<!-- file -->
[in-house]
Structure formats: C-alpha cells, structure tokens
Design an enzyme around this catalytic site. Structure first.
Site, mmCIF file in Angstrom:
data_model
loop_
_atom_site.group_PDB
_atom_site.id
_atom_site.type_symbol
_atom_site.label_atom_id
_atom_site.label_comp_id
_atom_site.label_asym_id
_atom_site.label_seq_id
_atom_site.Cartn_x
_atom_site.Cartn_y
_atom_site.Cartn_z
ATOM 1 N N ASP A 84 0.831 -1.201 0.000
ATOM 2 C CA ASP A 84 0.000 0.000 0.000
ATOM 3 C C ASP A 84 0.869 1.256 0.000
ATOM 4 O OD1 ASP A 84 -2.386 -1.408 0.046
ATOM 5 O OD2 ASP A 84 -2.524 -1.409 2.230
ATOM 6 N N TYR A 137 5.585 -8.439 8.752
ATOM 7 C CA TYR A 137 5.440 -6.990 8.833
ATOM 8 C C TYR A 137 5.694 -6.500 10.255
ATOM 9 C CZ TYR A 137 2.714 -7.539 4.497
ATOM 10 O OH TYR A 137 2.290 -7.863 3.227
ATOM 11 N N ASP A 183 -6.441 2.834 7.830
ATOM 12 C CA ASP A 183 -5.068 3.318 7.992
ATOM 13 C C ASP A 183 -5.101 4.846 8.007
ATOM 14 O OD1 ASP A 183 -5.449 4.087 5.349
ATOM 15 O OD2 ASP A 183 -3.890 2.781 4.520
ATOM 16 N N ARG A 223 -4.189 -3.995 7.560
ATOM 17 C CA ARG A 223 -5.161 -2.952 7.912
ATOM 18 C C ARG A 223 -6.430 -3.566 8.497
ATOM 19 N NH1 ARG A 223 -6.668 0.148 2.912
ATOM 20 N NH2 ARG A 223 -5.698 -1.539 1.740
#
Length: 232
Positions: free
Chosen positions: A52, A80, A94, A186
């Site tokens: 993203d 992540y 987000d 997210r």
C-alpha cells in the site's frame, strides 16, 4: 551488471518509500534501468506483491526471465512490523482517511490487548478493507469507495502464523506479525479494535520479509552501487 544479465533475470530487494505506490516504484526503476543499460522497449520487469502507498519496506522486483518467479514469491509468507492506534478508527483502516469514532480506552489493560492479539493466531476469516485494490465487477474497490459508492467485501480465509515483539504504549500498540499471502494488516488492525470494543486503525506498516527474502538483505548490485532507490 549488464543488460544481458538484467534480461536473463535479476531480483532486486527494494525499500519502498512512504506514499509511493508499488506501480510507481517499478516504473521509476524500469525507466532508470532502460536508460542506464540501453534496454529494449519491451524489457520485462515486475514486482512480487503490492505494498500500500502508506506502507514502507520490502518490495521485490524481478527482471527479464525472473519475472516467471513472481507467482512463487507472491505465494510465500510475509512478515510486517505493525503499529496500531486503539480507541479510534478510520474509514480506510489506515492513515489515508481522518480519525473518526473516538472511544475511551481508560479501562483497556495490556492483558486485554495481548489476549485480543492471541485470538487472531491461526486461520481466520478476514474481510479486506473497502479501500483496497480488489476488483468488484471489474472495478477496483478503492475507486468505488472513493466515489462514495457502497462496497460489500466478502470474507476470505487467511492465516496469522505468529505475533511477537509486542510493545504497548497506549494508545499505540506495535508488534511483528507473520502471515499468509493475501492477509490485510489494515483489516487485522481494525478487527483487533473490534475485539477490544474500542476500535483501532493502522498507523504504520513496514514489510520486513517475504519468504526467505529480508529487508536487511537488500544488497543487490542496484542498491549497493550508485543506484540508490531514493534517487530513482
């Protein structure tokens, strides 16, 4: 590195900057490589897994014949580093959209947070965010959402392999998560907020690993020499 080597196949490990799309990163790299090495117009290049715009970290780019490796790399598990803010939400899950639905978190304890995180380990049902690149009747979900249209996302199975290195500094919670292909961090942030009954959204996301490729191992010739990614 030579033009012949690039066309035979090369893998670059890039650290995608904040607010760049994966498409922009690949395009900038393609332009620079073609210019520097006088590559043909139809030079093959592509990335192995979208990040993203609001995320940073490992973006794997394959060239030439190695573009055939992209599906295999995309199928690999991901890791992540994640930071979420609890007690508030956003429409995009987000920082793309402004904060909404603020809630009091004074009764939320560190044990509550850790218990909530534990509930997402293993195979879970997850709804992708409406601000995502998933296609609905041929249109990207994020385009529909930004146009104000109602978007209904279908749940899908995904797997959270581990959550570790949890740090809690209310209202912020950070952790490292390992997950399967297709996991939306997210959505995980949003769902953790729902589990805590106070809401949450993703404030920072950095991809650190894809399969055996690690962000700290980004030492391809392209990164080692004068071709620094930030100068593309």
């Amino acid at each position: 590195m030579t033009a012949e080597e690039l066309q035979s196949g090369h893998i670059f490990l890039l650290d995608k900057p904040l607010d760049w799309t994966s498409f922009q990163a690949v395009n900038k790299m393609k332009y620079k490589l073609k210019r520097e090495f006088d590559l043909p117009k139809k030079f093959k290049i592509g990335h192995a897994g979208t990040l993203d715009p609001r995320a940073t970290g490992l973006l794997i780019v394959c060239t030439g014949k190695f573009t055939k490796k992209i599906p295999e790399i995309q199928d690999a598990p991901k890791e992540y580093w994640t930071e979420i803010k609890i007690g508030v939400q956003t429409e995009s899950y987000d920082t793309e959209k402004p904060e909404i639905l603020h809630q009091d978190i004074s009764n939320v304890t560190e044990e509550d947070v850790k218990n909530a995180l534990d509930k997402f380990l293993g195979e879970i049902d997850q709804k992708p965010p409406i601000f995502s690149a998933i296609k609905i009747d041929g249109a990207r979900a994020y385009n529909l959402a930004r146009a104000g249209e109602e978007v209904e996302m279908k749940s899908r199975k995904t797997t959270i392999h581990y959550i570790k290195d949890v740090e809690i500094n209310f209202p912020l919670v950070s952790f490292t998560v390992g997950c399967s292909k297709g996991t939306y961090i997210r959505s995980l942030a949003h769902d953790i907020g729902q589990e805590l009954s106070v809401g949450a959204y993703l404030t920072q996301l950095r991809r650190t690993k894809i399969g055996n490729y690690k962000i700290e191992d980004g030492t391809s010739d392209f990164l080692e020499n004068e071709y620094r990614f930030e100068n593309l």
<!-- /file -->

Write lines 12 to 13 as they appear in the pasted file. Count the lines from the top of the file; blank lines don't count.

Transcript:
_atom_site.label_asym_id
_atom_site.label_seq_id